Always consider your intended audience; they should be the ones that dictate what your final learning game looks and plays like. A younger audience, Duane Shoemaker suggests, may respond better to a fast-paced action game, while an older audience may be the opposite, preferring a turn-based game they can play at their own pace. If the game is intended for a company’s employees, consider what personality types are attracted to the company or industry. A computer programming company and a women’s cosmetics business will probably attract a completely different type of person. Personality type could have a large impact on a game’s visuals and overall appearance, as well as on the gameplay itself.

Know Your Gaming

Before attempting to design a learning game you should be familiar with gaming in general. Common gaming mechanics and conventions give a developer a pre-established platform on which to build. You want this game to be educational and informative, but you also want it to be fun; if the game is not enjoyable it defeats the purpose of learning through gaming in the first place.

Understand Learning Games as a Genre

Learning games are unique when compared to other games. The primary purpose of most games is simply to be fun, leaving a designer a great deal of freedom. The primary purpose of a learning game, however, is to teach users to understand a concept or complete a task while still being, as both Bradbury and Boller put it, “fun enough” to make the learning experience enjoyable. A learning game is a teaching device first, and a game second.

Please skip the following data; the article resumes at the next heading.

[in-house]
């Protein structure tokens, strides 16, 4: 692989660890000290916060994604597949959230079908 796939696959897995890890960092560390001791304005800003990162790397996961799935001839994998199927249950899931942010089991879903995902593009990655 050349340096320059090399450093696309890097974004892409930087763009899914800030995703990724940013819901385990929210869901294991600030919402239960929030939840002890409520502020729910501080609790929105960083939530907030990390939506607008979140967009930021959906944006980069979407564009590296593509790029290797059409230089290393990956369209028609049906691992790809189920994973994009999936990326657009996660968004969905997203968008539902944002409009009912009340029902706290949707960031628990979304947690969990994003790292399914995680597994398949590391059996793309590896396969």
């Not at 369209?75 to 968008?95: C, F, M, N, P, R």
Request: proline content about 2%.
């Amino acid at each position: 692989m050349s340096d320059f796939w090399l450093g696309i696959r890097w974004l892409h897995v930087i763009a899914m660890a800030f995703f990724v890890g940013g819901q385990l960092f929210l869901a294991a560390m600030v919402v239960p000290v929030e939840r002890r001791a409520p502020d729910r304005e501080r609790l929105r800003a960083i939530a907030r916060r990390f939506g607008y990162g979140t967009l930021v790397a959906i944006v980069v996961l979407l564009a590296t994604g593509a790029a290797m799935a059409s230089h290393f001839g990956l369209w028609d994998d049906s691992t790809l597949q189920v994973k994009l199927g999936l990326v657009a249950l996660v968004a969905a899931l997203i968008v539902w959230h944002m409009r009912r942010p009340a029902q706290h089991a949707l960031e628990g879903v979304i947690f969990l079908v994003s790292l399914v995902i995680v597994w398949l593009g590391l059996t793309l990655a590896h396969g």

Have a Clear Purpose

While designing your learning game, be sure to always have your purpose at the forefront of your mind. The purpose of a learning game is to help the user achieve a learning goal and every aspect of the game should be working toward this goal. While considering which activities to include in a game and—as Shoemaker mentions, even where to include them—a designer should have a clear idea of what they intend the user to learn from the activity. Boller discusses how, when designing a game intended as a training module for employees, a designer should understand the company’s goals and make sure the gameplay and gaming objectives relate appropriately.

Keep it Simple

Complex games can be fun for a gamer playing for the sake of gaming, but this is not the goal of a learning game. To most effectively communicate learning information—especially more complex information—the gameplay itself should be as simple as possible while remaining entertaining. Long activities and complicated rules can detract from the learning process, making the game more about the game and less about the learning.